Fawrindhga
This book is written from the point of view of the "fly on the wall". It really confirms the assertions written from the point of the victims since this topic was unearthed in the 1990"s. Powerful. Unbelievable the way so many of these nuns terrorized young, helpless women who often found themselves pregnant after having been victims of rape, incest, and ignorance and abandonment by their families.
Fawrindhga
This book is written from the point of view of the "fly on the wall". It really confirms the assertions written from the point of the victims since this topic was unearthed in the 1990"s. Powerful. Unbelievable the way so many of these nuns terrorized young, helpless women who often found themselves pregnant after having been victims of rape, incest, and ignorance and abandonment by their families.
Blueshaper
June Golding's account of her two years as a midwife at a convent run as a home for unwed mothers in Ireland in the early fifties is a haunting reminder about human rights and basic human decency. These young mothers were effectively convicted and incarcerated for the untenable crime of conceiving a child out of wedlock. There children were taken, ostensibly to provide "better" lives for them, but often without the consent of their mothers. Golding did what she could and ultimately, all she could do was tell their stories. I am a birth mother, but the circumstances around my son's adoption was so far from what these women endured. I had a strong support network around me that included the parents I chose for my son and I knew that I was doing what was best for him and for me. These women in these homes had no such luck. My heart breaks for them but I am so grateful to Golding for bringing their stories to light.
Blueshaper
June Golding's account of her two years as a midwife at a convent run as a home for unwed mothers in Ireland in the early fifties is a haunting reminder about human rights and basic human decency. These young mothers were effectively convicted and incarcerated for the untenable crime of conceiving a child out of wedlock. There children were taken, ostensibly to provide "better" lives for them, but often without the consent of their mothers. Golding did what she could and ultimately, all she could do was tell their stories. I am a birth mother, but the circumstances around my son's adoption was so far from what these women endured. I had a strong support network around me that included the parents I chose for my son and I knew that I was doing what was best for him and for me. These women in these homes had no such luck. My heart breaks for them but I am so grateful to Golding for bringing their stories to light.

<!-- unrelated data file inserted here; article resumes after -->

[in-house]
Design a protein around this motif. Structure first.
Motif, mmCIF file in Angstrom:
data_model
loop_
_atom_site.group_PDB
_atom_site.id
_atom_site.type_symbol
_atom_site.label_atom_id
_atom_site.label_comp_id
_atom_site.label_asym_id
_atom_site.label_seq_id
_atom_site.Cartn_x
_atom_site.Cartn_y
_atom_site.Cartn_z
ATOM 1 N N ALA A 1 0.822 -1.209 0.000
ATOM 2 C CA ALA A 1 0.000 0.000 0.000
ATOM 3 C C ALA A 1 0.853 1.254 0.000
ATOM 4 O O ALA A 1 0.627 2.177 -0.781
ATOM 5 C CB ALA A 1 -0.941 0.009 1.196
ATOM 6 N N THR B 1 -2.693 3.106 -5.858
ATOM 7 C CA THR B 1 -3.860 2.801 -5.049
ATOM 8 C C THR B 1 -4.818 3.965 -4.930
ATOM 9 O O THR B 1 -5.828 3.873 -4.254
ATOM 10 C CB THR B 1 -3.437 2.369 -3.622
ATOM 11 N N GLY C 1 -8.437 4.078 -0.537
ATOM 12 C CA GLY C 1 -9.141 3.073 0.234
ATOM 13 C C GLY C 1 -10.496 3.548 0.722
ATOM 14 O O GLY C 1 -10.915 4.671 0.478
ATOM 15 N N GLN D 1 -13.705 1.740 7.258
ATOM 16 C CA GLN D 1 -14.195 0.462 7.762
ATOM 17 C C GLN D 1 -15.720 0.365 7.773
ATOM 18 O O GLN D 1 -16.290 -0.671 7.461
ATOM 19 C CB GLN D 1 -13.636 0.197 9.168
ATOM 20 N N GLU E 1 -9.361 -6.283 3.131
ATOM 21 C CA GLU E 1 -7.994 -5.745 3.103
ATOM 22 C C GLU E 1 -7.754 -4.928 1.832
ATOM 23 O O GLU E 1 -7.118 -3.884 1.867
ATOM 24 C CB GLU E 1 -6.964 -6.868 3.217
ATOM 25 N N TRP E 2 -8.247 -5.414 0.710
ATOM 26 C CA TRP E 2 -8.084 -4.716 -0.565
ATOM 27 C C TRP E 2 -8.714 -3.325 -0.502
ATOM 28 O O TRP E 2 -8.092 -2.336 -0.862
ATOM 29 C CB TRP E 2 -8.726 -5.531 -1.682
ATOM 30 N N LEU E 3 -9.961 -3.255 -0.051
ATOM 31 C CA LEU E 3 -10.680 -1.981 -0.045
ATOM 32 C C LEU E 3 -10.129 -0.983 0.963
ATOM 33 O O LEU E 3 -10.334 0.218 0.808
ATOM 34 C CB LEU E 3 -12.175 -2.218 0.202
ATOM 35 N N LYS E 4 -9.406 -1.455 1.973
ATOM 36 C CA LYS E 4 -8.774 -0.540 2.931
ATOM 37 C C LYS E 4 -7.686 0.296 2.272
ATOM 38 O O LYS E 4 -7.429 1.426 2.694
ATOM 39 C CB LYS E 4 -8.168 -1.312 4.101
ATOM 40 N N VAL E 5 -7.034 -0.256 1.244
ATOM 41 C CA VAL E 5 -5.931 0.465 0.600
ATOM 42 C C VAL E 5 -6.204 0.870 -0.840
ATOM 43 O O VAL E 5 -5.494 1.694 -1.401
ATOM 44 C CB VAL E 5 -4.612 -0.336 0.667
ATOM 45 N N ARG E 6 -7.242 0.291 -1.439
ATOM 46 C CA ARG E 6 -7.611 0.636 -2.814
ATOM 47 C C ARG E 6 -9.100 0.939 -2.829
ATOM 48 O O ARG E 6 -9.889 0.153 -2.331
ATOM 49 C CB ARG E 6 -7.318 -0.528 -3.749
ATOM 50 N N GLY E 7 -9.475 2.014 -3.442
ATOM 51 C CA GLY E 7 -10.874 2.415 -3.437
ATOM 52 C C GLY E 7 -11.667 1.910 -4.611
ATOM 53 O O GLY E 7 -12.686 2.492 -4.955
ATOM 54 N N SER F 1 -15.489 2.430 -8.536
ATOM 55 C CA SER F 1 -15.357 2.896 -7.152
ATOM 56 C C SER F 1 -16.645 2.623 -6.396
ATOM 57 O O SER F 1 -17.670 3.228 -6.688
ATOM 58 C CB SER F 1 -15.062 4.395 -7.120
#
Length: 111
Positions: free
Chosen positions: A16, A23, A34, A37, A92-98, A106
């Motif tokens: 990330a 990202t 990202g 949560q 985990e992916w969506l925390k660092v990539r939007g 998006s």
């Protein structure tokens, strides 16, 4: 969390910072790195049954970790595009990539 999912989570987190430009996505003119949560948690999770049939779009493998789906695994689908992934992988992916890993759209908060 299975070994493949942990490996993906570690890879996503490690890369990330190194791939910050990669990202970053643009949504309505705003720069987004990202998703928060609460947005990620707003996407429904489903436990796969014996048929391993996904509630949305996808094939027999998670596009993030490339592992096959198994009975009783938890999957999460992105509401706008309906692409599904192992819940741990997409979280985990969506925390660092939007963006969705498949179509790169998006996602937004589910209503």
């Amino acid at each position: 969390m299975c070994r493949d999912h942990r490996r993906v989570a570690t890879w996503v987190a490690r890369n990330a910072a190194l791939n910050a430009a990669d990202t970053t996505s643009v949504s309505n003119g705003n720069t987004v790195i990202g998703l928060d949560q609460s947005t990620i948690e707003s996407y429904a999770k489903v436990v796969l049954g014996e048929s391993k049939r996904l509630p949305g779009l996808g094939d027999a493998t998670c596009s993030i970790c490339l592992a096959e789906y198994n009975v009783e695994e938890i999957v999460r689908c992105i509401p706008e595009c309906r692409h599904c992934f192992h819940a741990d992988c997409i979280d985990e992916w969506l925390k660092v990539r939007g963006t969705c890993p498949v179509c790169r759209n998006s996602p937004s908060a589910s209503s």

Helo
An amazing story. June gave every piece of herself to those women; she was the only hope and comfort they experienced. Thank you for bringing your story and the stories of young women to light for all of us to understand. You brought light out of darkness; shame, fear, and guilt- that is the greatest gift of all. "... and the truth shall set you free." Shame on the church for enabling this abuse; may their souls rest in peace.
Helo
An amazing story. June gave every piece of herself to those women; she was the only hope and comfort they experienced. Thank you for bringing your story and the stories of young women to light for all of us to understand. You brought light out of darkness; shame, fear, and guilt- that is the greatest gift of all. "... and the truth shall set you free." Shame on the church for enabling this abuse; may their souls rest in peace.
This is a valuable account of one mother and baby home. It is unique in that it is written from the perspective of the nurse-midwife who worked delivering babies in one of the homes. Therefore, the author's account is akin to that of a reporter embedded in this private world telling those on the outside what life was like on the inside. Perhaps the most important point of the book is that the home was, in all the ways that counted, a prison. Few people comprehend that these women were under duress, and there was no informed consent upon entering the home or giving up the rights to their children.
This is a valuable account of one mother and baby home. It is unique in that it is written from the perspective of the nurse-midwife who worked delivering babies in one of the homes. Therefore, the author's account is akin to that of a reporter embedded in this private world telling those on the outside what life was like on the inside. Perhaps the most important point of the book is that the home was, in all the ways that counted, a prison. Few people comprehend that these women were under duress, and there was no informed consent upon entering the home or giving up the rights to their children.